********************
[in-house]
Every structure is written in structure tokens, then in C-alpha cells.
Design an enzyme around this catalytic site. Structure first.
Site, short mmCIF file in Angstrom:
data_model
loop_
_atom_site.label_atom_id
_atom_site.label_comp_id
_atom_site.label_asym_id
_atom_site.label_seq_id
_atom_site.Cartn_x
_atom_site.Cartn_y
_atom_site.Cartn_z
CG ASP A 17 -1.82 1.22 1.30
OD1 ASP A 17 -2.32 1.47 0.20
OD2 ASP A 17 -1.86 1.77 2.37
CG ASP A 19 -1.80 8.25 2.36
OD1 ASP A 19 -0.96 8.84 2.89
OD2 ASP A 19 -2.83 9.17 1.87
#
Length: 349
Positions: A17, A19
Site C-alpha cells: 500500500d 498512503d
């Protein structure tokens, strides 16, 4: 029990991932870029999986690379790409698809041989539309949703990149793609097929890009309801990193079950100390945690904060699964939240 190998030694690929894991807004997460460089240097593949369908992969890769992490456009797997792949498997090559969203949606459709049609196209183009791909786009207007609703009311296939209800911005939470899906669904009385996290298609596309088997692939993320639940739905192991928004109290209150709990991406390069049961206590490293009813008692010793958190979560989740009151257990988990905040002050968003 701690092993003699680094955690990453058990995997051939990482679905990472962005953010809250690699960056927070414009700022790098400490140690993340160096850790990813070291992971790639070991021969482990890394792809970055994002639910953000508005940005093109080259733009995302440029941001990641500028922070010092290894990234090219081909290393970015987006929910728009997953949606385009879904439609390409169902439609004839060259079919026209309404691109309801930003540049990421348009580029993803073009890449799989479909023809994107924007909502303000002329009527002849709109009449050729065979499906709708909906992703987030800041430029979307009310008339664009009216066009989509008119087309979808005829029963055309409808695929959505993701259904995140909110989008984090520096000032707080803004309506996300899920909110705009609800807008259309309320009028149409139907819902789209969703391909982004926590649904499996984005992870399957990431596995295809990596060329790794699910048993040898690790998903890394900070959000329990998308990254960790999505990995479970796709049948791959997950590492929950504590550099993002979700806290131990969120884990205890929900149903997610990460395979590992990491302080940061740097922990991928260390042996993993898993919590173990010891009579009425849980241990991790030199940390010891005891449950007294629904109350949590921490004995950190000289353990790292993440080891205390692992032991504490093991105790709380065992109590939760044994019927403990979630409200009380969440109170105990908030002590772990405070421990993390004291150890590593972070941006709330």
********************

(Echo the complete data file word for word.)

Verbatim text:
[in-house]
Every structure is written in structure tokens, then in C-alpha cells.
Design an enzyme around this catalytic site. Structure first.
Site, short mmCIF file in Angstrom:
data_model
loop_
_atom_site.label_atom_id
_atom_site.label_comp_id
_atom_site.label_asym_id
_atom_site.label_seq_id
_atom_site.Cartn_x
_atom_site.Cartn_y
_atom_site.Cartn_z
CG ASP A 17 -1.82 1.22 1.30
OD1 ASP A 17 -2.32 1.47 0.20
OD2 ASP A 17 -1.86 1.77 2.37
CG ASP A 19 -1.80 8.25 2.36
OD1 ASP A 19 -0.96 8.84 2.89
OD2 ASP A 19 -2.83 9.17 1.87
#
Length: 349
Positions: A17, A19
Site C-alpha cells: 500500500d 498512503d
């Protein structure tokens, strides 16, 4: 029990991932870029999986690379790409698809041989539309949703990149793609097929890009309801990193079950100390945690904060699964939240 190998030694690929894991807004997460460089240097593949369908992969890769992490456009797997792949498997090559969203949606459709049609196209183009791909786009207007609703009311296939209800911005939470899906669904009385996290298609596309088997692939993320639940739905192991928004109290209150709990991406390069049961206590490293009813008692010793958190979560989740009151257990988990905040002050968003 701690092993003699680094955690990453058990995997051939990482679905990472962005953010809250690699960056927070414009700022790098400490140690993340160096850790990813070291992971790639070991021969482990890394792809970055994002639910953000508005940005093109080259733009995302440029941001990641500028922070010092290894990234090219081909290393970015987006929910728009997953949606385009879904439609390409169902439609004839060259079919026209309404691109309801930003540049990421348009580029993803073009890449799989479909023809994107924007909502303000002329009527002849709109009449050729065979499906709708909906992703987030800041430029979307009310008339664009009216066009989509008119087309979808005829029963055309409808695929959505993701259904995140909110989008984090520096000032707080803004309506996300899920909110705009609800807008259309309320009028149409139907819902789209969703391909982004926590649904499996984005992870399957990431596995295809990596060329790794699910048993040898690790998903890394900070959000329990998308990254960790999505990995479970796709049948791959997950590492929950504590550099993002979700806290131990969120884990205890929900149903997610990460395979590992990491302080940061740097922990991928260390042996993993898993919590173990010891009579009425849980241990991790030199940390010891005891449950007294629904109350949590921490004995950190000289353990790292993440080891205390692992032991504490093991105790709380065992109590939760044994019927403990979630409200009380969440109170105990908030002590772990405070421990993390004291150890590593972070941006709330």